**Plagioclase**)Because in every day usage, the degree is the convention. That's because 360 has a huge number of factors which means that most common angles can be easily expressed as a whole number, rather than a fraction, and only uses numbers rather than symbols. Yes, there are lots of technical and scientific advantages of the radian but you've got to bear in mind that we

**don't exactly have a particularly mathematically literate public.**For all of its disadvantages, the degree is simpler for many basic uses.I can understand that degrees are much easier and common in everyday life, but while they should be covered well in maths class at primary school, why don't schoolchildren switch to using radians in math class as soon as they cover pi and the circumference and area of the circle, and not have to wait until A Level?

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#4

Degrees are more practical for most of the population as most will only use them for measuring angles where the 90 units to a right angle makes a lot more sense to use than the 1.57 units to a right angle that you get with radians. Radians only really become more useful when looking at ratios.

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(Original post by

The big advantages of the radian only really become apparent with more technical applications and anybody going into a field where those applications are going to be used will probably be doing AS Mathematics (or equivalent) so it makes sense to introduce it there. I really don't see the benefit of introducing it at GCSE.

**Plagioclase**)The big advantages of the radian only really become apparent with more technical applications and anybody going into a field where those applications are going to be used will probably be doing AS Mathematics (or equivalent) so it makes sense to introduce it there. I really don't see the benefit of introducing it at GCSE.

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#6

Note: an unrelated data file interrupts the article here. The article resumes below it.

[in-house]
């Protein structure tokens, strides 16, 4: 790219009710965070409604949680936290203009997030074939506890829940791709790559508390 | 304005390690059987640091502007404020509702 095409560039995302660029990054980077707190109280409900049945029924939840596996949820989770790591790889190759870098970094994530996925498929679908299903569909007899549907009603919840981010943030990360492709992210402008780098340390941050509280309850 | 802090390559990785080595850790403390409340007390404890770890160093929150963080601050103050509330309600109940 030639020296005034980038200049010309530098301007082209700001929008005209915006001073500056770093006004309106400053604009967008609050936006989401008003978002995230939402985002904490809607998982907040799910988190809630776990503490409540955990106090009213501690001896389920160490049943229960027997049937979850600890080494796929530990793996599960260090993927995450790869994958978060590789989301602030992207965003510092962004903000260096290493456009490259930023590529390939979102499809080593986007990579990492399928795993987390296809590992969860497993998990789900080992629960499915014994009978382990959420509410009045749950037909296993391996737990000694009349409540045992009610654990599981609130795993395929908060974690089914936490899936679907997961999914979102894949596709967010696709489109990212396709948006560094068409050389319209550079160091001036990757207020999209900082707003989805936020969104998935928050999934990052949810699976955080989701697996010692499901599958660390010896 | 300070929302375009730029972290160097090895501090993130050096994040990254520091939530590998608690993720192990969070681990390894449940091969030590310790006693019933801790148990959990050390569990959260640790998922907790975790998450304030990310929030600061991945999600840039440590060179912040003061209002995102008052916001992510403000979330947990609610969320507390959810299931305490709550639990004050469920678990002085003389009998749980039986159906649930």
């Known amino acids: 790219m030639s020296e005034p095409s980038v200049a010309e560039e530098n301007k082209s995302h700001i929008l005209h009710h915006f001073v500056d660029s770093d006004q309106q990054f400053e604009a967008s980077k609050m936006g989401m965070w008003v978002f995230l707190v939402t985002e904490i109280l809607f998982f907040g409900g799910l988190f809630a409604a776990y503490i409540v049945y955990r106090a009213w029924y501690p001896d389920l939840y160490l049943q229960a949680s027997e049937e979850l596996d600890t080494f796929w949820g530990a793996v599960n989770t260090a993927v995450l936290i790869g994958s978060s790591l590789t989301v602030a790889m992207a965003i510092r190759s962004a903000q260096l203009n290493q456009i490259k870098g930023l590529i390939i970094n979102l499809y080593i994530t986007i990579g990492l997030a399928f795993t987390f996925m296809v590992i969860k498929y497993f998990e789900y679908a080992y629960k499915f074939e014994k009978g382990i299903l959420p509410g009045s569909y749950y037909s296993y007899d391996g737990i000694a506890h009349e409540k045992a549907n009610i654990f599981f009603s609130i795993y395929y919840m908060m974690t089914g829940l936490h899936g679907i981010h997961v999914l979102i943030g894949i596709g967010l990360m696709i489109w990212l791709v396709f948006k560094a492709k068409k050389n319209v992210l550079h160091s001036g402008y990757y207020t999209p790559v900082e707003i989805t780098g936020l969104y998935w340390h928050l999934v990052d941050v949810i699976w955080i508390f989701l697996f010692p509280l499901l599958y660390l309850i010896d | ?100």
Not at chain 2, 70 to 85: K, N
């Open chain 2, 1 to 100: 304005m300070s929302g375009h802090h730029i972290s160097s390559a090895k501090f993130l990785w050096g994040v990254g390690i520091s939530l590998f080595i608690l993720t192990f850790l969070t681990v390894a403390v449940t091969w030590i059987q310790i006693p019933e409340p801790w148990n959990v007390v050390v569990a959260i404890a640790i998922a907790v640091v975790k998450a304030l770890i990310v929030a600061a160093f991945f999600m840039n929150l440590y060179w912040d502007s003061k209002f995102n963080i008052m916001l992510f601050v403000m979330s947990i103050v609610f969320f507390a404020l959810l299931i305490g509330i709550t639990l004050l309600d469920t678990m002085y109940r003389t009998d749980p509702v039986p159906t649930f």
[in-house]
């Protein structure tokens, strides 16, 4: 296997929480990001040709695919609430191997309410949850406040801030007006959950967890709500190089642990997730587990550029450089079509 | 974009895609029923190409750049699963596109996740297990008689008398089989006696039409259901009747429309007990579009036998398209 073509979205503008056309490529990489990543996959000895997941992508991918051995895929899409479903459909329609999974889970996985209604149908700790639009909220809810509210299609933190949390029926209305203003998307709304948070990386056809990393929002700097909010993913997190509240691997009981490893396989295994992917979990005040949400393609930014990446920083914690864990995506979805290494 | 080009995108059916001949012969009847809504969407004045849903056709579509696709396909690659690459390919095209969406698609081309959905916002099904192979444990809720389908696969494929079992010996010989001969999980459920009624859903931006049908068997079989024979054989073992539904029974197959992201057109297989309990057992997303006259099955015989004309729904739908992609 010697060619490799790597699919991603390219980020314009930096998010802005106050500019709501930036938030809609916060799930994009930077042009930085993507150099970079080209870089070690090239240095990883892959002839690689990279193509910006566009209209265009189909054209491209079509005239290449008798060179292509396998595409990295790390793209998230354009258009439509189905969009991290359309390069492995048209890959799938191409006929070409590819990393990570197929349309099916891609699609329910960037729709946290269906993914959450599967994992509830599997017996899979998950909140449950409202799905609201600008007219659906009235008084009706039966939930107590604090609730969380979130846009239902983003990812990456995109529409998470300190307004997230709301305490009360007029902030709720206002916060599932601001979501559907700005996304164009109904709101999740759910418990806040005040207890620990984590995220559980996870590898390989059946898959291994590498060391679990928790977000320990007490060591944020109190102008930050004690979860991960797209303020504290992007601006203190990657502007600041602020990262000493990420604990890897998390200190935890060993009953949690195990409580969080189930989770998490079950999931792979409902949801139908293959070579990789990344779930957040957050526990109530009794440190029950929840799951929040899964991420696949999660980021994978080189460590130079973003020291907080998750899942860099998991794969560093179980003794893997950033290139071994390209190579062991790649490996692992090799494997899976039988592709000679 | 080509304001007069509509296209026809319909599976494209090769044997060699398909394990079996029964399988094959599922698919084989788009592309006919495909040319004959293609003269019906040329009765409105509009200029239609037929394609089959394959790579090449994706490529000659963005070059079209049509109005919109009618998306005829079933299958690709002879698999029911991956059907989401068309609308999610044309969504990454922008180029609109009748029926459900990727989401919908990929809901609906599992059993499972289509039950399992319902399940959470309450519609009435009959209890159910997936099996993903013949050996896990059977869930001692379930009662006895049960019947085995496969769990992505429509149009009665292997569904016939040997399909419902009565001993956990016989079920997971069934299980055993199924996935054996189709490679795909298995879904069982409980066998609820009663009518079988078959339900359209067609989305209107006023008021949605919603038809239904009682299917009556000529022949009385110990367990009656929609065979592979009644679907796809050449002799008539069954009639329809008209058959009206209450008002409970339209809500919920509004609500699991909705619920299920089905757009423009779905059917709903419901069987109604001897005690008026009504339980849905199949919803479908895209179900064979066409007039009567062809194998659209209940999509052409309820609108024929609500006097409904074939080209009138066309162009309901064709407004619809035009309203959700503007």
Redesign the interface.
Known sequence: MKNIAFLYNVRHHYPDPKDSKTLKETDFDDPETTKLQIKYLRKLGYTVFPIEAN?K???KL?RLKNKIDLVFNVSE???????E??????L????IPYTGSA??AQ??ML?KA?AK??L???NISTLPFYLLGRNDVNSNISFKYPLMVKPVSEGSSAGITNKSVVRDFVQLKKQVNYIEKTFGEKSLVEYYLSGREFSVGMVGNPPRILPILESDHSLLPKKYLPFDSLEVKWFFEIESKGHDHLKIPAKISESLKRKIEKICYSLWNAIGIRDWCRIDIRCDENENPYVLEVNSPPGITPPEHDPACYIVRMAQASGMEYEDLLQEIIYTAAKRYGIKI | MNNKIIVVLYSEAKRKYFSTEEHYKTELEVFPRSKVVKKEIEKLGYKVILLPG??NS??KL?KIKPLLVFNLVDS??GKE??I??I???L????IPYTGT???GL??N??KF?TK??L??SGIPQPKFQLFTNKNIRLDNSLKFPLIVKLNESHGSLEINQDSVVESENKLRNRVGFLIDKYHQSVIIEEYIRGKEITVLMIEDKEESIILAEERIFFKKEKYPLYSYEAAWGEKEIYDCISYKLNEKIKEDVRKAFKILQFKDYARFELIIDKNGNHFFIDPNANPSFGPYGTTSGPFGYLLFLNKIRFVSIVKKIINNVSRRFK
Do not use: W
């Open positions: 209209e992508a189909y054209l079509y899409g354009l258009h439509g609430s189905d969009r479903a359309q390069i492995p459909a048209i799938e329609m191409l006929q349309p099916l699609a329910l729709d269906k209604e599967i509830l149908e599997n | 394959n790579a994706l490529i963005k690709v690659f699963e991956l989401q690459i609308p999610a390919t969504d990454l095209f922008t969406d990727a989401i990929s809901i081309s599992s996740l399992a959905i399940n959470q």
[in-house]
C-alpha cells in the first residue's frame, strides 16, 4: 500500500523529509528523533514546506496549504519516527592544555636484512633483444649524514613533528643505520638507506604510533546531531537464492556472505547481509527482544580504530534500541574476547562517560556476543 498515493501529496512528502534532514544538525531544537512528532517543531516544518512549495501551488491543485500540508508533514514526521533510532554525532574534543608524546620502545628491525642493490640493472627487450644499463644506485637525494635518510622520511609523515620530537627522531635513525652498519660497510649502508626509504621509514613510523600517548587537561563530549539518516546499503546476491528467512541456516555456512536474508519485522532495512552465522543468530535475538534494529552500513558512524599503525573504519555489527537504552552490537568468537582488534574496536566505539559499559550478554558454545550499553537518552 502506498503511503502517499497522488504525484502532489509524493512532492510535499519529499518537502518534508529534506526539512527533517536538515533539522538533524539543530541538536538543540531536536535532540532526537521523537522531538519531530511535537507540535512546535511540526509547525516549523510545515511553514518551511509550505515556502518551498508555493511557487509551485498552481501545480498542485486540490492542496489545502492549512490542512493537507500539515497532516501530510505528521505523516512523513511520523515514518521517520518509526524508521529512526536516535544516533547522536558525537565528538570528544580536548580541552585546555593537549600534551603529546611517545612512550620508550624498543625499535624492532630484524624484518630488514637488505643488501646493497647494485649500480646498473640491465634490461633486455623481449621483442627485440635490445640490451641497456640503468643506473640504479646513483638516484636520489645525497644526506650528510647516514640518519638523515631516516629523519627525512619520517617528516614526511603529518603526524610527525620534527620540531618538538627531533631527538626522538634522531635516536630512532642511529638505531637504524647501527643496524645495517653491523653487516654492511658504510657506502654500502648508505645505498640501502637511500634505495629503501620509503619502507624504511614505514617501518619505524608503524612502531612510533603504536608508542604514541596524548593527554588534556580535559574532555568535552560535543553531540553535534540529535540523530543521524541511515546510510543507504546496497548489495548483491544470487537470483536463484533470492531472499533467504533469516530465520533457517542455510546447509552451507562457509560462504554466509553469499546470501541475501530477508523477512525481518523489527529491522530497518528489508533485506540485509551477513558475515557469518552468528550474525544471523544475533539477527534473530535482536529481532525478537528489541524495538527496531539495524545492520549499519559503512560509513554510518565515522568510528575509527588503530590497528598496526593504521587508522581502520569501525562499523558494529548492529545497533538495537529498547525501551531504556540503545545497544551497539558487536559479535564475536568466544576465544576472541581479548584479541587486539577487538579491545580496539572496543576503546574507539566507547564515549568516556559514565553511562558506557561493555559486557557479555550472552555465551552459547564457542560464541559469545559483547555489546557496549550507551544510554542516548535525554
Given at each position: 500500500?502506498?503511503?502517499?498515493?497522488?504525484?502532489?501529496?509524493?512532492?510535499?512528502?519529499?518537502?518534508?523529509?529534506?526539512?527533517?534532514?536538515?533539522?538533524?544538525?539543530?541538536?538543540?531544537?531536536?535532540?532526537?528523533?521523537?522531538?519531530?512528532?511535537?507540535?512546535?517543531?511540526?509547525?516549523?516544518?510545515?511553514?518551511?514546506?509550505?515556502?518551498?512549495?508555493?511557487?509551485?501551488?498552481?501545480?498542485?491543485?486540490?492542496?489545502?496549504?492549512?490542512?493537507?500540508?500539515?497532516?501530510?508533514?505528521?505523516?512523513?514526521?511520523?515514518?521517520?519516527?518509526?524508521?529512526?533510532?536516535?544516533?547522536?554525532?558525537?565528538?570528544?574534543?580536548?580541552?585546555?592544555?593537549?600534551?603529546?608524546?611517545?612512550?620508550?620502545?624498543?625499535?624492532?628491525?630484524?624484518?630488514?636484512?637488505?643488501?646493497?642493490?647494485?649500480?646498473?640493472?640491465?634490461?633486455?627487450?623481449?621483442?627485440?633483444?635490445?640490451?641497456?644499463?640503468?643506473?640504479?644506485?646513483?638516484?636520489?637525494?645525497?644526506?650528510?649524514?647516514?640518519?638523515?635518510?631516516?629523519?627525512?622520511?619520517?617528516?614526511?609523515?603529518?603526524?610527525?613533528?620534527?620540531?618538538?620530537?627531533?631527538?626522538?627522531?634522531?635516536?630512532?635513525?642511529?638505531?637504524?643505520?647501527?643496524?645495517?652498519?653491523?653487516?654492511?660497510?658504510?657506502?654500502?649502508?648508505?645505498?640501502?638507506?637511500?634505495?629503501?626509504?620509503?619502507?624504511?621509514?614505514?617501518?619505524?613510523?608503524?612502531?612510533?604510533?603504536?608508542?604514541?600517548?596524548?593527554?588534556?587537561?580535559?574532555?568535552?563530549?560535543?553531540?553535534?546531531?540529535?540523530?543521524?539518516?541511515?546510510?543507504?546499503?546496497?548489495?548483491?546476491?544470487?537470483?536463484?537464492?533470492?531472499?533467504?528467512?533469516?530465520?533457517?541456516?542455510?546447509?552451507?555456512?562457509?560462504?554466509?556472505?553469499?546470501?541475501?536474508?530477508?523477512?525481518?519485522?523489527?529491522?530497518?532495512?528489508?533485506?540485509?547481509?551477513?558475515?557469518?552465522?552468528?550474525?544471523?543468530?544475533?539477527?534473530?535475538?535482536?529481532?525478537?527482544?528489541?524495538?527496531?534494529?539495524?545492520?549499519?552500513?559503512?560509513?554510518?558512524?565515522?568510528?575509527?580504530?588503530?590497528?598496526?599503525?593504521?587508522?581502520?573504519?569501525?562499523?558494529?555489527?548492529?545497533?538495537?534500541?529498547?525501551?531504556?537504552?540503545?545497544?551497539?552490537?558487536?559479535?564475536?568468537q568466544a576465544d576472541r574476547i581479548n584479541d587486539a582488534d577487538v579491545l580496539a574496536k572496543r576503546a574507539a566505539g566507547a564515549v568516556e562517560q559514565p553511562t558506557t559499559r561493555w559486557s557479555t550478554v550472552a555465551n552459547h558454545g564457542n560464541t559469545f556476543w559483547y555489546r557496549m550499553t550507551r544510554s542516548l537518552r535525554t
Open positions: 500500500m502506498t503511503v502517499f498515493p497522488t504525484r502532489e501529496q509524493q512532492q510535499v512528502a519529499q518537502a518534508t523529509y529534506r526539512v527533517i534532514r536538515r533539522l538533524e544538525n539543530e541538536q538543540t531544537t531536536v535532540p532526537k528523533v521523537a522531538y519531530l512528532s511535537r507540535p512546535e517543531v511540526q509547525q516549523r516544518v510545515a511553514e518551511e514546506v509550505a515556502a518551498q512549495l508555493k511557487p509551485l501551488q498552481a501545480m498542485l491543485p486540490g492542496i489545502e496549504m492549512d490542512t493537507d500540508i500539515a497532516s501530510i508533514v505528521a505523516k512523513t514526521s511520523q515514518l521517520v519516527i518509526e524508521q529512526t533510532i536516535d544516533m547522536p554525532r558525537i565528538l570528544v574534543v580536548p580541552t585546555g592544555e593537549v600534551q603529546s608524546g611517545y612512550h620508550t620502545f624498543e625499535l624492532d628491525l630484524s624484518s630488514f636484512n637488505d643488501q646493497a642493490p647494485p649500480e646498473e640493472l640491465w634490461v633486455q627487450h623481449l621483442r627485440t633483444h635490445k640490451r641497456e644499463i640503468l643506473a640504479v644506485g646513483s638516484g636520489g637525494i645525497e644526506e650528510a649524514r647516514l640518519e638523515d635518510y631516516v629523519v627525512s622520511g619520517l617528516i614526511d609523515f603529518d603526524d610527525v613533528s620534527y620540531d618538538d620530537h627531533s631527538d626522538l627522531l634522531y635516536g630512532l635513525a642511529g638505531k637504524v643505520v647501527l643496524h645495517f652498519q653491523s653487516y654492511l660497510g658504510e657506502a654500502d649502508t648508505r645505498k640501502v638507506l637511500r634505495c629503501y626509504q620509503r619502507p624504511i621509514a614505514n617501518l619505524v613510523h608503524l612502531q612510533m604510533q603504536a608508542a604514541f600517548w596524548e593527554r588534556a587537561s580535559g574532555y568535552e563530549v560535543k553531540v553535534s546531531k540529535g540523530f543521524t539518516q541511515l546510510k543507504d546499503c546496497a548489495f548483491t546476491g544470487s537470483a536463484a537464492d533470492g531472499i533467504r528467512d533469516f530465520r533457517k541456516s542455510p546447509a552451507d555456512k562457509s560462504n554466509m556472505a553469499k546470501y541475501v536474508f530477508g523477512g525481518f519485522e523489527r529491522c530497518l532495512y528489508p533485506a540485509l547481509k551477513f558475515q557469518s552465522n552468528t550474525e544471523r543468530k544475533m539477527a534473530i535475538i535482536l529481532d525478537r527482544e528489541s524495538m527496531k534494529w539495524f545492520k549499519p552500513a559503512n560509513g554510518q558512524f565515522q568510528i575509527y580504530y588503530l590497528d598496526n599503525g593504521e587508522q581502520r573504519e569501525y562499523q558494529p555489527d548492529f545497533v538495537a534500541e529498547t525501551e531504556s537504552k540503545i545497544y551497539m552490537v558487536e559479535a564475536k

(Original post by

It's still confusing to use radians when I finally learnt it, since everyone had been taught for so long using degrees. It's like an Englishman having to mentally convert Fahrenheit to Celsius each time he sees the temperature when he lives in the United States. Same goes for me having to convert radians to degrees to make sense of it each time I see something in radians.

**flibber**)It's still confusing to use radians when I finally learnt it, since everyone had been taught for so long using degrees. It's like an Englishman having to mentally convert Fahrenheit to Celsius each time he sees the temperature when he lives in the United States. Same goes for me having to convert radians to degrees to make sense of it each time I see something in radians.

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(Original post by

You shouldn't be converting it in your head, you need to learn to just think in radians.

**StrangeBanana**)You shouldn't be converting it in your head, you need to learn to just think in radians.

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#8

(Original post by

It'd still be nice to have a topic on radians at primary school as an appendix to the circles topic in primary school. As for the argument that people aren't going to be using radians in everyday life, it's not as if people would be calculating the area of a circle or the number of lines of symmetry in everyday life either.

**flibber**)It'd still be nice to have a topic on radians at primary school as an appendix to the circles topic in primary school. As for the argument that people aren't going to be using radians in everyday life, it's not as if people would be calculating the area of a circle or the number of lines of symmetry in everyday life either.